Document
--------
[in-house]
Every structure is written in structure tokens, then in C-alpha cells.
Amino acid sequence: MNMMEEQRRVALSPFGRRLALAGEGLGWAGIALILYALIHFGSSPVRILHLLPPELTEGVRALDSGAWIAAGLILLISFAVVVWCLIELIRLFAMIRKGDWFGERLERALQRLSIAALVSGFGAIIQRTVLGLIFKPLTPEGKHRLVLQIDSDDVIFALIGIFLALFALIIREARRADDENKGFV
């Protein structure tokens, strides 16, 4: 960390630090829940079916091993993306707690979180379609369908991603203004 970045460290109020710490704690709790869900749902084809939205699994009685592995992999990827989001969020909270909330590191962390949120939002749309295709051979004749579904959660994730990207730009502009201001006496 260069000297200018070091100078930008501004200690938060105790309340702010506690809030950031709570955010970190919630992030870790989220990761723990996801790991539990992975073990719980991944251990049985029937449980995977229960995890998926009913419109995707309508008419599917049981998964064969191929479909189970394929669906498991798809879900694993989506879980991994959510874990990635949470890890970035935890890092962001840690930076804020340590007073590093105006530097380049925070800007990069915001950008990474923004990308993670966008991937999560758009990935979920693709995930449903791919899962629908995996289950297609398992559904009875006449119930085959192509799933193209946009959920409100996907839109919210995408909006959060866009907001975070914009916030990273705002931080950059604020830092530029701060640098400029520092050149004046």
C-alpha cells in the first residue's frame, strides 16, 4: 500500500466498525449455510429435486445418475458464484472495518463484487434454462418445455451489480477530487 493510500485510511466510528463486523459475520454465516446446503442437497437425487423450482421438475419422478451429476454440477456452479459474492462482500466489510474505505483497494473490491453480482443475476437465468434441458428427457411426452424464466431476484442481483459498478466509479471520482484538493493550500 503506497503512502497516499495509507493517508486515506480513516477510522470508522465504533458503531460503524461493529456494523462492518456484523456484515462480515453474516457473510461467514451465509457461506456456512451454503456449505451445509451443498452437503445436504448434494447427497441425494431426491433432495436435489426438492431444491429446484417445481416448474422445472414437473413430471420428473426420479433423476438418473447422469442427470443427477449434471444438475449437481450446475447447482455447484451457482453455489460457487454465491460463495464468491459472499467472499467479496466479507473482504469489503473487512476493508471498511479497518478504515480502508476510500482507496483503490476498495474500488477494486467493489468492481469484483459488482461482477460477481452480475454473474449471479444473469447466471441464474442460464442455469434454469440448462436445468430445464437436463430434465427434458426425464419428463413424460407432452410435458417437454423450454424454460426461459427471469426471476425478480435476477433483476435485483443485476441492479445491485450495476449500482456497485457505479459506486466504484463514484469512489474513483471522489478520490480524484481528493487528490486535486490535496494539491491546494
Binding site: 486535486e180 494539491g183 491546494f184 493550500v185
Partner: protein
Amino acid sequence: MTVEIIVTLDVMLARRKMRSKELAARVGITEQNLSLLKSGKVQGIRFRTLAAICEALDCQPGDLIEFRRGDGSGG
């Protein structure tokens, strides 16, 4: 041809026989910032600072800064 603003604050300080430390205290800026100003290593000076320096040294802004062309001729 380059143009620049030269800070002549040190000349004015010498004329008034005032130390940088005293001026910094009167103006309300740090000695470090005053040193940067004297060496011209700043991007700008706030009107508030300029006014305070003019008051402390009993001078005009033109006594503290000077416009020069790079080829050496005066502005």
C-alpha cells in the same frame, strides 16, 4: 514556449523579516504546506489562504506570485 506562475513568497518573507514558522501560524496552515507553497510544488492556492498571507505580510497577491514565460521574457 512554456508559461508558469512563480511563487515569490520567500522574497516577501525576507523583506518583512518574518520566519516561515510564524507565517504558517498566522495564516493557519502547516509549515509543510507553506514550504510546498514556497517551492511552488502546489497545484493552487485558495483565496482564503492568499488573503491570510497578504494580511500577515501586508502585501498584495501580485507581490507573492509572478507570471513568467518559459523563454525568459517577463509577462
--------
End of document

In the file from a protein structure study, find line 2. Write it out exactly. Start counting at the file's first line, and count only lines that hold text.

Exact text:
Every structure is written in structure tokens, then in C-alpha cells.